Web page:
Cookie Settings

We use cookies to optimize our website. These include cookies that are necessary for the operation of the site, as well as those that are only used for anonymous statistic. You can decide for yourself which categories you want to allow. Further information can be found in our data privacy protection .


These cookies are necessary to run the core functionalities of this website and cannot be disabled.

Name Webedition CMS
Purpose This cookie is required by the CMS (Content Management System) Webedition for the system to function correctly. Typically, this cookie is deleted when the browser is closed.
Name econda
Purpose Session cookie emos_jcsid for the web analysis software econda. This runs in the “anonymized measurement” mode. There is no personal reference. As soon as the user leaves the site, tracking is ended and all data in the browser are automatically deleted.

These cookies help us understand how visitors interact with our website by collecting and analyzing information anonymously. Depending on the tool, one or more cookies are set by the provider.

Name econda
Purpose Statistics
External media

Content from external media platforms is blocked by default. If cookies from external media are accepted, access to this content no longer requires manual consent.

Name YouTube
Purpose Show YouTube content
Name Twitter
Purpose activate Twitter Feeds

Plenoptic imaging


Tomographic system design

Non-contact in vivo optical imaging systems purposely designed for bioluminescence and fluorescence molecular imaging (BLI, FMI) in small animals employing lens based cameras have become standard in preclinical laboratories. Such instruments comprise planar imaging systems that acquire two-dimensional (2D) images of a three-dimensional (3D) in vivo emission flux. When performing planar light emission imaging on complex surface geometries local emission ray intensities as well as spatial distribution thereof of the induced emission flux vary depending on alterations of camera position and angle with respect to the animal's surface. While respective measurement fluctuations could be minimized by detecting light rays orthogonally to surface points, such is impossible to achieve with a singular whole-body 2D light projection.

To address the problem of measuring in vivo emission light flux exiting the hull of a 3D object while preserving and estimating its a priori unknown 3D boundary space we report on the development and first simulation results of a plenoptic imaging system purposely designed for in vivo BLI and FMI application. Due to a multitude of arbitrarily positionable integrated laser diode light sources imposing point as well as bright-field illumination patterns, the system is able to perform multispectral fluorescence mediated tomography (FMT) and diffision optical tomography (DOT) without the exigency of a complementary imaging procedure for surface detection.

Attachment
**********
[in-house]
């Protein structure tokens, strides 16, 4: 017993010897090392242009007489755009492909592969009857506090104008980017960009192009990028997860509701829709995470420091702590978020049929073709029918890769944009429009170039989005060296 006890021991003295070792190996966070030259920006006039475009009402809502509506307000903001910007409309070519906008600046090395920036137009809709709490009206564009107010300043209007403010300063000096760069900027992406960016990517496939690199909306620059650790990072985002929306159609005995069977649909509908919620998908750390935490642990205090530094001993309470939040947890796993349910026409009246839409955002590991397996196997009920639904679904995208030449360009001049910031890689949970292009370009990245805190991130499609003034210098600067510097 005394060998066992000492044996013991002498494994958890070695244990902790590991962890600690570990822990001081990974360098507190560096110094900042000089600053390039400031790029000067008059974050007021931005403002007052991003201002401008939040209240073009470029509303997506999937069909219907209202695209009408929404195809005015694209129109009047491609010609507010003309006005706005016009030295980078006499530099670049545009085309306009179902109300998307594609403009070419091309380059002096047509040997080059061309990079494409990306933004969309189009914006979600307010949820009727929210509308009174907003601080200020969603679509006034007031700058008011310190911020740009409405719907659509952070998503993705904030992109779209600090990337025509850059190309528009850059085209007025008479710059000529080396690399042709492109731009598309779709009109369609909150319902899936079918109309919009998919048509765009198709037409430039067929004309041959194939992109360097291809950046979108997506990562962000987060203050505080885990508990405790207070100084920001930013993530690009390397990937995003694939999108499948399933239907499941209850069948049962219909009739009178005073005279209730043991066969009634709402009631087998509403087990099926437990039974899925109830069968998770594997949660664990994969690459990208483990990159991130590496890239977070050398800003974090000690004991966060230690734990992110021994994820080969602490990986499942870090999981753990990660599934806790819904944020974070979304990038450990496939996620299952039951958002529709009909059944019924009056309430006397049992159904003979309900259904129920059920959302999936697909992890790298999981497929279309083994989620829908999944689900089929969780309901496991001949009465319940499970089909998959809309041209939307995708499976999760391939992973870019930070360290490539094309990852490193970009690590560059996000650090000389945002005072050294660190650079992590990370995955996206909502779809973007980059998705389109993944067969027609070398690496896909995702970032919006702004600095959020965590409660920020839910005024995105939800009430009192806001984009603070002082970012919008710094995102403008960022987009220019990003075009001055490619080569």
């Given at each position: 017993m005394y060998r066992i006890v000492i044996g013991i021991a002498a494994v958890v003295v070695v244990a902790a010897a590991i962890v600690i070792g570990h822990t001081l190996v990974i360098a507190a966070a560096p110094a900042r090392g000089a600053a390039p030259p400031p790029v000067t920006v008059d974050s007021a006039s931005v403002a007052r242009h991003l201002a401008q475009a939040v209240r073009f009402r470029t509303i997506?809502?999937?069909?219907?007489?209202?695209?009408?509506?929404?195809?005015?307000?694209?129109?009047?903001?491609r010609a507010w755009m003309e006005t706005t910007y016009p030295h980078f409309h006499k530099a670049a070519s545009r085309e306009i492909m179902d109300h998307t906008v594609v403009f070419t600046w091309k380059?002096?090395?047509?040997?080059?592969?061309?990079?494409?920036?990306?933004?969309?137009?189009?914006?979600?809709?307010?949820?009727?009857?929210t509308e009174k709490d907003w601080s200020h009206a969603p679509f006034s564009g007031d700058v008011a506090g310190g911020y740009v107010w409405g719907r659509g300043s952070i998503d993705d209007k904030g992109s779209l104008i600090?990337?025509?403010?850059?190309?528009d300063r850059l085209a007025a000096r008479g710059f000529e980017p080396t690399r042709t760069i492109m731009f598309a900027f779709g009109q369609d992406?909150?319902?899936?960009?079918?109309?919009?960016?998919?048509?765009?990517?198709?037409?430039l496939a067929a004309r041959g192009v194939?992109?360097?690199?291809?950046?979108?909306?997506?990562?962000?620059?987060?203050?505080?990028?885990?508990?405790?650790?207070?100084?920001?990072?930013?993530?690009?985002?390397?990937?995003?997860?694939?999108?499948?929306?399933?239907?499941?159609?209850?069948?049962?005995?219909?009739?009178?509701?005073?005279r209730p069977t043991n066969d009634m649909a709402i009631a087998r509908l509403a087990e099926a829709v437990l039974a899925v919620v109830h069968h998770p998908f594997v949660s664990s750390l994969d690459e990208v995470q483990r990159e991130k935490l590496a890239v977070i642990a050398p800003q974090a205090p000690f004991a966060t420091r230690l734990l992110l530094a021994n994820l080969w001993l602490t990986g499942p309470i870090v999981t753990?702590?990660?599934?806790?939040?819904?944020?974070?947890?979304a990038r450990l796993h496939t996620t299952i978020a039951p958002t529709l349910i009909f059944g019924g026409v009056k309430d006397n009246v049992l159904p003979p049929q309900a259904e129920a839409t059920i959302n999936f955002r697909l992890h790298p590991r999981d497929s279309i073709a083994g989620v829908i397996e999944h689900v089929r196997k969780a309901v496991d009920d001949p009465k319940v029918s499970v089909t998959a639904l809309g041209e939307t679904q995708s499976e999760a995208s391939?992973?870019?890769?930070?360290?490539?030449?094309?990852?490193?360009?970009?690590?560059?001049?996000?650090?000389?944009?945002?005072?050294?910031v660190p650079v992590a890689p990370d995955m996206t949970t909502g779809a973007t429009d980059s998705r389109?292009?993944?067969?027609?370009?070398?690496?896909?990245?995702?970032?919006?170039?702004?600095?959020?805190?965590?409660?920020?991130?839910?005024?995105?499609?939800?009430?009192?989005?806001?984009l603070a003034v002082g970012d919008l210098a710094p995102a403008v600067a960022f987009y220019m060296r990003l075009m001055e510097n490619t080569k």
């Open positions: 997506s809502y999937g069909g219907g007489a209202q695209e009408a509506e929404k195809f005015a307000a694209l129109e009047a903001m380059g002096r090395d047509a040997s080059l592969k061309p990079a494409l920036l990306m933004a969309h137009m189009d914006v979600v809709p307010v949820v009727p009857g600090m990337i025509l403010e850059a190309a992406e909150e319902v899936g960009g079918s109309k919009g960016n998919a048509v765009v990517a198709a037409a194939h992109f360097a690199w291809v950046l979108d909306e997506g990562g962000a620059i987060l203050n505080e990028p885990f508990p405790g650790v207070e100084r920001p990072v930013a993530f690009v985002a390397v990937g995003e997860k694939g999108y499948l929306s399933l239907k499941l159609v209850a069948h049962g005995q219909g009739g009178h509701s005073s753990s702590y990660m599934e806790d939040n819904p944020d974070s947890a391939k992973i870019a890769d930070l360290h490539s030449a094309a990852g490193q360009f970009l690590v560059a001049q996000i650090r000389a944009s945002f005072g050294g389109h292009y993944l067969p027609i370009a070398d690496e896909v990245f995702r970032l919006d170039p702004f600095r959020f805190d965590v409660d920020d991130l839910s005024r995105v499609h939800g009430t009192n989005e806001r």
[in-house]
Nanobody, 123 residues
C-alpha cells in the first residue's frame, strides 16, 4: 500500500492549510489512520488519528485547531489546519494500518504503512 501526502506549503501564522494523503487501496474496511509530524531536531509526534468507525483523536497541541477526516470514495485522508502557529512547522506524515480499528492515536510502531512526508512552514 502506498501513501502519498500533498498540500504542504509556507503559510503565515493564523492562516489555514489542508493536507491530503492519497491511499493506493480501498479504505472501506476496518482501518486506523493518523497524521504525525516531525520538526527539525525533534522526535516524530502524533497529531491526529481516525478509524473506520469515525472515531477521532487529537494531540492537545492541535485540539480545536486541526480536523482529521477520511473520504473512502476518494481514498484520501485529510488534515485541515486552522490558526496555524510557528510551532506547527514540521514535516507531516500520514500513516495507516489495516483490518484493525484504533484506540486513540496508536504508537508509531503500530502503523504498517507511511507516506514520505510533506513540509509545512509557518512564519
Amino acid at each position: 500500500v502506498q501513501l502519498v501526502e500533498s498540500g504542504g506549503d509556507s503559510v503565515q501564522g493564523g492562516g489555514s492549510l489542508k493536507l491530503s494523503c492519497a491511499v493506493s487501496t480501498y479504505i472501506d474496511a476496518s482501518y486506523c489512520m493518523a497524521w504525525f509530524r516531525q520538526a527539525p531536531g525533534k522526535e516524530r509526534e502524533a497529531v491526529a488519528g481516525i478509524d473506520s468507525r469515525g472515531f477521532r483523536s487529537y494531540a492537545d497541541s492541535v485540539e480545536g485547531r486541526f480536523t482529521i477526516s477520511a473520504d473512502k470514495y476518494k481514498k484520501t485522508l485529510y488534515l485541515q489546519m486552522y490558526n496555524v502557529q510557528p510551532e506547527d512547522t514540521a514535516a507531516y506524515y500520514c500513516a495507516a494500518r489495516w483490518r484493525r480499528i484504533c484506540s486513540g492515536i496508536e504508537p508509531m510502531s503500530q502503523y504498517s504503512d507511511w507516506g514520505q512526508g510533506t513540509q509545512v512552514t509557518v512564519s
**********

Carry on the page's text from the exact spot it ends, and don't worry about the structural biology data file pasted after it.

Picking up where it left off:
A plenoptic imaging system for preclinical in vivo imaging application has been developed (figure left). When imaging a three-dimensional (3D) object from six plenoptic camera positions, corresponding raw plenoptic data under bright-field illumination are shown. Acquisition setup and data used from a simulation study: Imaging system consisting of 6 plenoptic cameras with sensitive areas of 25mm× 50 mm, each, with nearly orthographic projections; there are (retractable) diffuse fiber line sources of detector length for object illumination located in the intermediary spaces between light detectors (top). The segmented volume of a reconstructed x-ray CT mouse data set is used as identified input (middle). Resulting raw plenoptic camera data as detected from 6 projection angles around 360° (bottom).


Computational mathematics

There are multiple imaging strategies involved in computational imaging. Here, surface reconstruction from multiview projection plenoptic image data is described (reference). The technique is adapted for in vivo small animal imaging, specifically imaging of nude mouse, and does not require an additional imaging step (e.g. be means of a secondary structural modality) or additional hardware (e.g. laser scanning approaches). Any potential point within the field-of-view (FOV) is evaluated by a proposed photo-consistency measure utilizing sensor image light information as provided by elemental images (EI's). As the superposition of adjacent EI's yields complementary information for any point within the FOV the three dimensional (3D) surface of the imaged object is estimated by a graph-cuts based method through global energy minimization. The proposed surface reconstruction is evaluated on simulated MLA-D data incorporating a reconstructed mouse data volume as acquired by X-ray CT. Compared to a previously presented back-projection based surface reconstruction method the proposed technique yields a significantly lower error rate. Moreover while the back-projection based method may not be able to resolve concave areas, the novel approach does. Our results further indicate that the proposed method achieves high accuracy at a low number of projections.

(← back to research group home web page)

to top
powered by webEdition CMS